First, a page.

Send Silence Packing brings mental health awareness topics to HW speech

“How does it feel after losing a loved one to suicide? How to bear the grief, guilt and unanswered questions as we rebuild our lives?” Suzan Auerbach questions on her personal blog, Walking the Mourner’s Path After a Child’s Suicide.

Suzan Auerbach told the touching life story of her son, Noah Langholz, and his suicide in college at age of 21. According to Auerbach’s speech Oct. 21, her son was a surfer and an incredibly social boy growing up with a plethora of friends. While attending college, his close friend committed suicide, which Langholz never fully recovered from. About three months prior to his suicide, however, Langholz’ started to change. He came home from college ‘coming home to die’ and left a note when he took his life. His death was primarily due to overall ignorance of his peers and family around him, and shame in not talking about his unhealthy mental condition. The honest recollection of his emotions and feelings could have changed his life trajectory, possibly leading him to stay. To stay with his family and friends and have hope to live.

At the event, members of the audience to the organization Active Minds, and the event, Send Silence Packing, which features an exhibit of over a thousand backpacks on it. Every backpack includes a letter on it representing the detailed life story of a college student who committed suicide.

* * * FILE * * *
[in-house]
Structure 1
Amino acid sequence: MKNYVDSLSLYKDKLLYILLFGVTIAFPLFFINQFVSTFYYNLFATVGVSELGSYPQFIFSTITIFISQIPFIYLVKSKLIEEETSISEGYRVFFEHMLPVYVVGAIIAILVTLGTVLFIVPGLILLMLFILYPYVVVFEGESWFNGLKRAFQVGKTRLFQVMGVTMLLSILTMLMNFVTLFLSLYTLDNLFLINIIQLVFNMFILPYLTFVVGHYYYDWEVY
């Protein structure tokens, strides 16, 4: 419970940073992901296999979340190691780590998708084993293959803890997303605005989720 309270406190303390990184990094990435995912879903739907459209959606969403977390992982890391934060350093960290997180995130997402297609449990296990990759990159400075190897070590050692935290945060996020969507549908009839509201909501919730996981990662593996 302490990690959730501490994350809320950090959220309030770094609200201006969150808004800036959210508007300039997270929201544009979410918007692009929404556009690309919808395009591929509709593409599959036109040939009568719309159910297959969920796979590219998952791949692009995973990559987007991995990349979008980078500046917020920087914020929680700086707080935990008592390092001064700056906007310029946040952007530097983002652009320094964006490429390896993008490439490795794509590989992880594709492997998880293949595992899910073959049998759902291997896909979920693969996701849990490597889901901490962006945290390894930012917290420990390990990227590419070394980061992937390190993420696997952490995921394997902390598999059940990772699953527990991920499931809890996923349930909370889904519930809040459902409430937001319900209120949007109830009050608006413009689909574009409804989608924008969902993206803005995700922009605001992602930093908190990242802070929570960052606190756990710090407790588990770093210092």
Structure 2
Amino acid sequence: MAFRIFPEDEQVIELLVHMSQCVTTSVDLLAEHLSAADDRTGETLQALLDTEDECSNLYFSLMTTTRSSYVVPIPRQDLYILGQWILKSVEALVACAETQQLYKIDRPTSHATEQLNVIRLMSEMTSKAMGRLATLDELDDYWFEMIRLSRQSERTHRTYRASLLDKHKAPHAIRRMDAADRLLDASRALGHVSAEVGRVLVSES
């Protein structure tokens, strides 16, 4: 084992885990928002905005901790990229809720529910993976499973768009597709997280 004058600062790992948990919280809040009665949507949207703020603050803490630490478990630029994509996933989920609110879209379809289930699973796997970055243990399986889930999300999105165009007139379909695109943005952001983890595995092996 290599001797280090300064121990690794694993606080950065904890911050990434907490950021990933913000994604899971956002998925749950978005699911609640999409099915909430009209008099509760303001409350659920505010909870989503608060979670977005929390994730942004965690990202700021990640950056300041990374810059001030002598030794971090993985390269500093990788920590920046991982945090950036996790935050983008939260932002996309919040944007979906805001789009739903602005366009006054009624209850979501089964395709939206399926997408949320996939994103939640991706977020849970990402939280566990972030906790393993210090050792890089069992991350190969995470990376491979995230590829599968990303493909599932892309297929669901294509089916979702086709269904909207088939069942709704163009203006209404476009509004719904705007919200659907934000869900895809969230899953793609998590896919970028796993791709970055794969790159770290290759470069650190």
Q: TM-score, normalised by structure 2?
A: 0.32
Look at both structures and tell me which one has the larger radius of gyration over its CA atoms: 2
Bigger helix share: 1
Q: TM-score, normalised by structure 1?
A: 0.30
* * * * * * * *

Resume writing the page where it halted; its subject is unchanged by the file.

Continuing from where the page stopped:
The goal of the event is to raise mental health awareness and break the silence and shame circling the topic of college suicide. Active Minds hopes to connect individuals to mental health resources and encourage people to eradicate the silence, shame and ignorance around the topic of mental health. Active Minds has hosted over 183 exhibit stops at various colleges.

“1100 students die of college suicide every year. Why aren’t we talking about it?” The event organization states, giving facts such as “44 percent of college students have felt so depressed it was hard to function”, or “50 of college students report suicidal ideation at some time in their life”, according to Active Minds Organization

“Not everyone has a mental illness, but everyone has mental health” says Alison Mamon, an attendee.

“Send Silence Packing was 100 percent the most impactful event our campus has ever done. It is a day that I will never forget.” – Rachel Digangi, College leader at Lesley University.

Reflecting on the story, Active Minds reflects that it important it is to break the silence around mental health, how ignorance and shame are fueling the highest suicide growth rate in decades and more. Not only is everyone fighting a battle; many are suffering in silence. Individuals need need to know that they need not suffer alone. Life is worth living.

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